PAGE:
I like typewriters. I think I've mentioned that we have several in the garage, including one from the '20s. My parents always had a typewriter around the house, and that--along with reel-to-reel tape recorders, slide projectors and 16mm home movie viewers--was high tech.
The thought of "going backwards" doesn't bother me. Maybe because I grew up writing papers and compositions long hand, sometimes waiting until the hour bus ride to school to finish my homework (resulting in slightly sloppy penmanship). Maybe because I still enjoy the feel of literally making words, of ink on paper, and the evocative smell of old typewriter ribbon and even the hated error tape we had to insert under the keys.
But probably it's because I spent my teenage years without electricity. Or a phone.
I grew up in Southern Humboldt--or at least spent junior high and high school there, which is what I consider the "growing up" period. We had a wood stove, we pumped spring water to a redwood tank, we used gas lights and kerosene lanterns, and when we wanted to watch TV, it meant going out to a gas generator and starting the motor and flipping a switch.
(I wonder how much TV watching would get done if people had to work for it ... you know, like hamsters on a wheel or something. But I digress ...)
Even relatively high-tech transportation wasn't reliable. I remember a memorable winter during which our four wheel drive truck got stuck in mud. I had to go get help ... which meant riding my trusty horse about five miles through the mountains during a very big storm, down to the closest phone--a post office. We lived two miles up a dirt road, and I still remember the look on the PG&E workers' faces when my horse and I emerged from an old skid road down to the Redwood Highway.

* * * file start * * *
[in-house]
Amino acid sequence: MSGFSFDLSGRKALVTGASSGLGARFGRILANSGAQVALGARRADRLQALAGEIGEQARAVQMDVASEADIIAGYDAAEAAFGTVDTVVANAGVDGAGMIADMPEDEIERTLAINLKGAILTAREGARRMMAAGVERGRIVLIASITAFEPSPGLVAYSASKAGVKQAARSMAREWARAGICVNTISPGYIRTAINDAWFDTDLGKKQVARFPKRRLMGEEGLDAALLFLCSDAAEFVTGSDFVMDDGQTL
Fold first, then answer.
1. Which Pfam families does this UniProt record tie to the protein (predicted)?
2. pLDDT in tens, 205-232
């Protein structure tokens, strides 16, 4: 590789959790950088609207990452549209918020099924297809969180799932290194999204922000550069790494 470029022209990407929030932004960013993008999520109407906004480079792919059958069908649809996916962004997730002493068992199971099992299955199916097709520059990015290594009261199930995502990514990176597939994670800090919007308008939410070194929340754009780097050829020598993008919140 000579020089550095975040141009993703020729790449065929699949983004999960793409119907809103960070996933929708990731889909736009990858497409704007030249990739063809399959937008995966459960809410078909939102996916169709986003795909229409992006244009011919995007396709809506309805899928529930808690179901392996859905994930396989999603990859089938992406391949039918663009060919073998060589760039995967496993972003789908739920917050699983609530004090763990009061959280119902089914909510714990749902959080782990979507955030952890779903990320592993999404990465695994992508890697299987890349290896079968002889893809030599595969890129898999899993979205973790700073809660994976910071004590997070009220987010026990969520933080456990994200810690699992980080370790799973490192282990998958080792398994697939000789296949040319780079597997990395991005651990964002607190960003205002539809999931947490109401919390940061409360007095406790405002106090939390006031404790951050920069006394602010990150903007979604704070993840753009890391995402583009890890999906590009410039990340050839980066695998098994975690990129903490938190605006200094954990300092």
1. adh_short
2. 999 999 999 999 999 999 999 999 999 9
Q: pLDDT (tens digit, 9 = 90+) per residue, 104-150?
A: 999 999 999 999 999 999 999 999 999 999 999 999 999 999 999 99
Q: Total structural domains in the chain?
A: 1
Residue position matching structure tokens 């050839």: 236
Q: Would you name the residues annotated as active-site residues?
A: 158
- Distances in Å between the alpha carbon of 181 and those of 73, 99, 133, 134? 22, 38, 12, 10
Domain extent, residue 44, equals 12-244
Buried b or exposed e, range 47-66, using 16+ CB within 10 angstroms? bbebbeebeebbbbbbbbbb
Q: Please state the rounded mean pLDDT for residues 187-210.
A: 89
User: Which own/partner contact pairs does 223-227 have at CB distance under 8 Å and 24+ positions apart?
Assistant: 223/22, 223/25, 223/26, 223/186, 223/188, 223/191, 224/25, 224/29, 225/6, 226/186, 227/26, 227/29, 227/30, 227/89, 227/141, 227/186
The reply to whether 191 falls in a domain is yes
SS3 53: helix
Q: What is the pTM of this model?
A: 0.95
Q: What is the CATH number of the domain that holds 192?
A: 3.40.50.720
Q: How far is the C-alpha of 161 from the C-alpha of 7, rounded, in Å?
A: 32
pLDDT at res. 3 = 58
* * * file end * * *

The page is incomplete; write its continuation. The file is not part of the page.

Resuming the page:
So writing on typewriters? Not a problem. I type about 35-40 words a minute, thanks to a freshman typing class. My first short story in high school--a socially provocative horror story about a statue that comes to life in a church--kind of Lord of the Flies meets John Steinbeck--was written on a typewriter. And my graduation present was a brand new Sears electric, on which I spent many all-nighters, working on papers I should have written a week earlier.
I still laugh when the power goes out, and neighbors run for their cars to turn on some sort of media. I just light a candle, light a fire in the fireplace, and either read or play cards.
Thanks to a lack of technology ... I'm damn good at poker. ;)
Next week, Bill Cameron joins us on Criminal Minds, alternating Thursdays with me ... please welcome him aboard, everybody! :)